Richard A. Harris, Annika Flint, Madeleine Blondin Brosseau, Kelly Weedmark, John W. Austin

Complete genomes of Clostridium botulinum type B(F) isolates associated with a 1995 foodborne botulism outbreak from commercial pâté reveals a recombination event disrupting the ntnh gene

  • General Medicine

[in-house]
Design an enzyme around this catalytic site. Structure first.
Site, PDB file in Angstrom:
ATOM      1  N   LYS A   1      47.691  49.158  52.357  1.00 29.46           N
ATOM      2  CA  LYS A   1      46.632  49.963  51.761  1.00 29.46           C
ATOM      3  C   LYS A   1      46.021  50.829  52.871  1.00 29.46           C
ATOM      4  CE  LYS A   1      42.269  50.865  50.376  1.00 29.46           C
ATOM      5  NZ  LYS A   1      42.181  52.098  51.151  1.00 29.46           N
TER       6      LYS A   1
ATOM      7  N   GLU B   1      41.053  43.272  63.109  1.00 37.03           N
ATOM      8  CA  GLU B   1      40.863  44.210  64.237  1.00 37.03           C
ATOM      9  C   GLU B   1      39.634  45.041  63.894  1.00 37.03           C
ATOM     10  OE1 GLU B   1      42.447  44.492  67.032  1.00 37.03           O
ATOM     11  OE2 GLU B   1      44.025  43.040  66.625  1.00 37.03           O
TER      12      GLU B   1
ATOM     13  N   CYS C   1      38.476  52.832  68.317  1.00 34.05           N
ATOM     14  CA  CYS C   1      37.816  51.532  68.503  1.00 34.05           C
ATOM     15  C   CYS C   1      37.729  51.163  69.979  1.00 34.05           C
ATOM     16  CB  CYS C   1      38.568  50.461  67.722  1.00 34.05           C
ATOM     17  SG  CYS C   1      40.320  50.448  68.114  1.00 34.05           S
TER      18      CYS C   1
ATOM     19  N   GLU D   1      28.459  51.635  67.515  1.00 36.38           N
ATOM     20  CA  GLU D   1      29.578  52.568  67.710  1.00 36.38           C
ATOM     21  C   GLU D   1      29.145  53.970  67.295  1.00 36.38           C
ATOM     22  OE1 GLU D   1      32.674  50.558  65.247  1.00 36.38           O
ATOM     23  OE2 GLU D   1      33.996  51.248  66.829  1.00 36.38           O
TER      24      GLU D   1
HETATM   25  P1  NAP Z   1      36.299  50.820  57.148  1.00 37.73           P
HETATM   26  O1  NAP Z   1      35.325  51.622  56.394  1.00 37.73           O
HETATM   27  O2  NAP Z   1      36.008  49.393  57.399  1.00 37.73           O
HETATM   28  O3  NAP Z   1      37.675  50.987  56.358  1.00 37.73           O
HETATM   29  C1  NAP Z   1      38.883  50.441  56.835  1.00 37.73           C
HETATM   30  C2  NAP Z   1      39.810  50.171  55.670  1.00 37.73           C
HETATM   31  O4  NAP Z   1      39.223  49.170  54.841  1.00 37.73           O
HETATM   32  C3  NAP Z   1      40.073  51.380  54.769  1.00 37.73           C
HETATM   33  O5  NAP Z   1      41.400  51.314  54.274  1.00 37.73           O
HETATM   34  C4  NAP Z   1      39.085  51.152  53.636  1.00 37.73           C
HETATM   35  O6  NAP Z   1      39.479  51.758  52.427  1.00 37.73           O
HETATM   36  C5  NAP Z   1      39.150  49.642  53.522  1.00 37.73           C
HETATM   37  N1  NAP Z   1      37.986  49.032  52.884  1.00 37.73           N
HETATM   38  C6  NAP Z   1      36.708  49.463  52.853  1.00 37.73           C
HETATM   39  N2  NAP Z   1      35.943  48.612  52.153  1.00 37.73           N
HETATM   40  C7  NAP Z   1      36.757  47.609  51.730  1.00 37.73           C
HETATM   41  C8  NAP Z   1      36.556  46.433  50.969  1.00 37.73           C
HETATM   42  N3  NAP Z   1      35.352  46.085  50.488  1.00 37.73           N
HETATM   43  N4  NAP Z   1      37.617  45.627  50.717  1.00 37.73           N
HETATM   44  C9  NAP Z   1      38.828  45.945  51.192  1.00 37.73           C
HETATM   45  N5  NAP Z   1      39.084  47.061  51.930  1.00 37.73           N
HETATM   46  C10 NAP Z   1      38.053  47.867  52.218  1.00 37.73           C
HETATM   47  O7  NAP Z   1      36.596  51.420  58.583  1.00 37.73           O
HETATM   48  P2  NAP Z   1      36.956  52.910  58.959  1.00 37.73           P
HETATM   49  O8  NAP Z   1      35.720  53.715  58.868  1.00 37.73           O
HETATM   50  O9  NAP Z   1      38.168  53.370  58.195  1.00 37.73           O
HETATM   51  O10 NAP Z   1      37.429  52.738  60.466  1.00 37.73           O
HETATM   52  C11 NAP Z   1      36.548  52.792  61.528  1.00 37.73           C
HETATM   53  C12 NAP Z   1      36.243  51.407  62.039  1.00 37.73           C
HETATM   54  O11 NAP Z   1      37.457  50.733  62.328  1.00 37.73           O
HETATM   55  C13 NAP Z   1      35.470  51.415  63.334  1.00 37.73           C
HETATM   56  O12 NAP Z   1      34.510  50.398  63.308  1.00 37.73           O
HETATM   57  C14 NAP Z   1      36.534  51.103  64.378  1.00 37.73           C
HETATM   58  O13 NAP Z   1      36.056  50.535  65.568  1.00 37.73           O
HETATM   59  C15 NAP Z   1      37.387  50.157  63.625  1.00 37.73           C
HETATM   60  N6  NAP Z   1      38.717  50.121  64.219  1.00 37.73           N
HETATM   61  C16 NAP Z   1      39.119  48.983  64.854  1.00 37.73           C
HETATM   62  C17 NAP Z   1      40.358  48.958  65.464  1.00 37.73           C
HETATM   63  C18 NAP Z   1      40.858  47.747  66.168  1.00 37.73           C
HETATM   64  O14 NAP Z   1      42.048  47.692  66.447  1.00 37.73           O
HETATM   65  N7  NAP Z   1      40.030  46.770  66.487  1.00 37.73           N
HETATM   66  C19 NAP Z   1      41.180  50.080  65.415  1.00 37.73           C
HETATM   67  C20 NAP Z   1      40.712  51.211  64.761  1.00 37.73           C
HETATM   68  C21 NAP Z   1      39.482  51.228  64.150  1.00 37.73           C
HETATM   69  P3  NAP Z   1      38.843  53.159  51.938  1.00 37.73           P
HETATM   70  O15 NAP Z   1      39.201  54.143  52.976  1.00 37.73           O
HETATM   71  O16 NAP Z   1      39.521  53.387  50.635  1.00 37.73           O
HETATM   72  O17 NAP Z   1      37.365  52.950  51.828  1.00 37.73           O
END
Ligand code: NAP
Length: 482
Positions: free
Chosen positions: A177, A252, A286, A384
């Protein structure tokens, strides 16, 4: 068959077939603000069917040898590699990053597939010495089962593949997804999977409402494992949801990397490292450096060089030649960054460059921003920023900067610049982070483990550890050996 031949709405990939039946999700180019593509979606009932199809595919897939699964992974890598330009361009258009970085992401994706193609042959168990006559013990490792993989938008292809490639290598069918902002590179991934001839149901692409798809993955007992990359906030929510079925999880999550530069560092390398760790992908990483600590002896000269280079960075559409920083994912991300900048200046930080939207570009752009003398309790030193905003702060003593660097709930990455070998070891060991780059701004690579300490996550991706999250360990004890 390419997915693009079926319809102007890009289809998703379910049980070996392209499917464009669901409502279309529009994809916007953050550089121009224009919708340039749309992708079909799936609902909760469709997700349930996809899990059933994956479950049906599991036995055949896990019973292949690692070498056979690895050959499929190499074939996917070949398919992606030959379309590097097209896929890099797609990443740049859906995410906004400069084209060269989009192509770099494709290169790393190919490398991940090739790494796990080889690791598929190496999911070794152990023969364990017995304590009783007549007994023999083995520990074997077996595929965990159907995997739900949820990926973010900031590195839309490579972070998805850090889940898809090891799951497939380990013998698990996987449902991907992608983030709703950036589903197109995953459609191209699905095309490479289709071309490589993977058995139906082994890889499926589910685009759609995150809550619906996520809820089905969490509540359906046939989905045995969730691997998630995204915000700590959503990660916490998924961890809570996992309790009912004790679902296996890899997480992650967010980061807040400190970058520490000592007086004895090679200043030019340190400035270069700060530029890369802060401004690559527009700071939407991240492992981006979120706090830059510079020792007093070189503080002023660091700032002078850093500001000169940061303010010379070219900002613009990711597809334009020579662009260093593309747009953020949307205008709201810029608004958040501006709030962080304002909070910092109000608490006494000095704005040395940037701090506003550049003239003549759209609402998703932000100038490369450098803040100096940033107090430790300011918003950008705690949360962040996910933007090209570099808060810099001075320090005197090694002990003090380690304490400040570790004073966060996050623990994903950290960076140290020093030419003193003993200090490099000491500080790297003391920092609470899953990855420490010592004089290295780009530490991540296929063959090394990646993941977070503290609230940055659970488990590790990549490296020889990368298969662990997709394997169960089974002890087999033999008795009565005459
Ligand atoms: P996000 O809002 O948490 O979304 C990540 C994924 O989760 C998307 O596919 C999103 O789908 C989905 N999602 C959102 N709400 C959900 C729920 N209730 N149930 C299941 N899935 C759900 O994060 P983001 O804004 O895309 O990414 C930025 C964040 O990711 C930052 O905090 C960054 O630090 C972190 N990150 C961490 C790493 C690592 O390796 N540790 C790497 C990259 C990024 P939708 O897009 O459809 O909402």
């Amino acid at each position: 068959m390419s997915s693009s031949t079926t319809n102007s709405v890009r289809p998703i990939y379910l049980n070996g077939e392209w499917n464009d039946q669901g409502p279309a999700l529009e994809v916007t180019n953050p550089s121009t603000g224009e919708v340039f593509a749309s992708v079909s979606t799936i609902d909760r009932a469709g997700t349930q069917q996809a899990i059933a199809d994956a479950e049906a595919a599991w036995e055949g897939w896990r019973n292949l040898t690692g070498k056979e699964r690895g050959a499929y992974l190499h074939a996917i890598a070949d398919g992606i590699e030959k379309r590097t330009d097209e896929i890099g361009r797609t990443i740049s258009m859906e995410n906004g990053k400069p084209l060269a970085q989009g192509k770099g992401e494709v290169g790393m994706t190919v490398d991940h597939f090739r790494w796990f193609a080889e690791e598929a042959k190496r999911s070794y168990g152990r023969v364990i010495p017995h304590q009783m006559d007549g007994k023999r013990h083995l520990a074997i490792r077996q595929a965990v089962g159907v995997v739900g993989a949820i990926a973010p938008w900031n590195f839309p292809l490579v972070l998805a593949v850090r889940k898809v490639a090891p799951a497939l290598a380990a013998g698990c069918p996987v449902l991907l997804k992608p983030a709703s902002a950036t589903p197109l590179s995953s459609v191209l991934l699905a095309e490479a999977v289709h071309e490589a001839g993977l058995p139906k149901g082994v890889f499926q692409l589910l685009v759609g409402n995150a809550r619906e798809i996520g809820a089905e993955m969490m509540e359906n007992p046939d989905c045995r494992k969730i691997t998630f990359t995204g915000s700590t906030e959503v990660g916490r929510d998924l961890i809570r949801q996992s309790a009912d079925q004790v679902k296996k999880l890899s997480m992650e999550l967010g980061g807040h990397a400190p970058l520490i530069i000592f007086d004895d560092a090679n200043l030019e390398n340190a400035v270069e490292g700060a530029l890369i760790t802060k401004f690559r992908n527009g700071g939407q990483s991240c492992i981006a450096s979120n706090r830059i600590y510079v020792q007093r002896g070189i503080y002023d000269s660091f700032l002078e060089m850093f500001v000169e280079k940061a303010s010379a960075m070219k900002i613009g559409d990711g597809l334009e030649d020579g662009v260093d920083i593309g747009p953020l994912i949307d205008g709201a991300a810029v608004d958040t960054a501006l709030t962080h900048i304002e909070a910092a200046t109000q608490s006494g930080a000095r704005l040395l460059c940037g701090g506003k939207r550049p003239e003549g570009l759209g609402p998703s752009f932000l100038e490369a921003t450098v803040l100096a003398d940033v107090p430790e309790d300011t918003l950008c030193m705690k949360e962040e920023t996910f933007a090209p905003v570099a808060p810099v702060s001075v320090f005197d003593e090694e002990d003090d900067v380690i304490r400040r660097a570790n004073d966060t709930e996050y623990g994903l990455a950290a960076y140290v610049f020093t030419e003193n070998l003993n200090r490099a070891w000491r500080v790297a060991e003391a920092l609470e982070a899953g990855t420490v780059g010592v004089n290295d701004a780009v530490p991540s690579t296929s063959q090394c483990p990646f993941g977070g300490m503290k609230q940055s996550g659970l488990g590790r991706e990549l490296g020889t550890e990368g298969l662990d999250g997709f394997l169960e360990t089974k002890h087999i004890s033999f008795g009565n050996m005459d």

Foodborne botulism is a neuroparalytic disease caused by ingestion of foods contaminated with botulinum neurotoxin (BoNT), produced by Clostridium botulinum . In 1995 a husband and wife from Québec, Canada, were hospitalized for several months with prolonged muscle paralysis after ingesting a commercial pâté de campagne. Examination of faecal samples from both patients and the pâté produced viable Group I (proteolytic) C. botulinum type B from each of the three samples. Whole genome sequencing revealed that all three isolates contain identical bont/B5 and bont/F2 genes encoded on a plasmid. Both faecal isolate genomes were identical in chromosome and plasmid length, as well as gene content. The genome of the pâté isolate was nearly identical to that of the faecal isolates with the notable difference of a missing 13-gene insertion on the bont/B5 cluster disrupting the ntnh gene. Examination of the insertion revealed several mobile genetic elements that participate in recombination.

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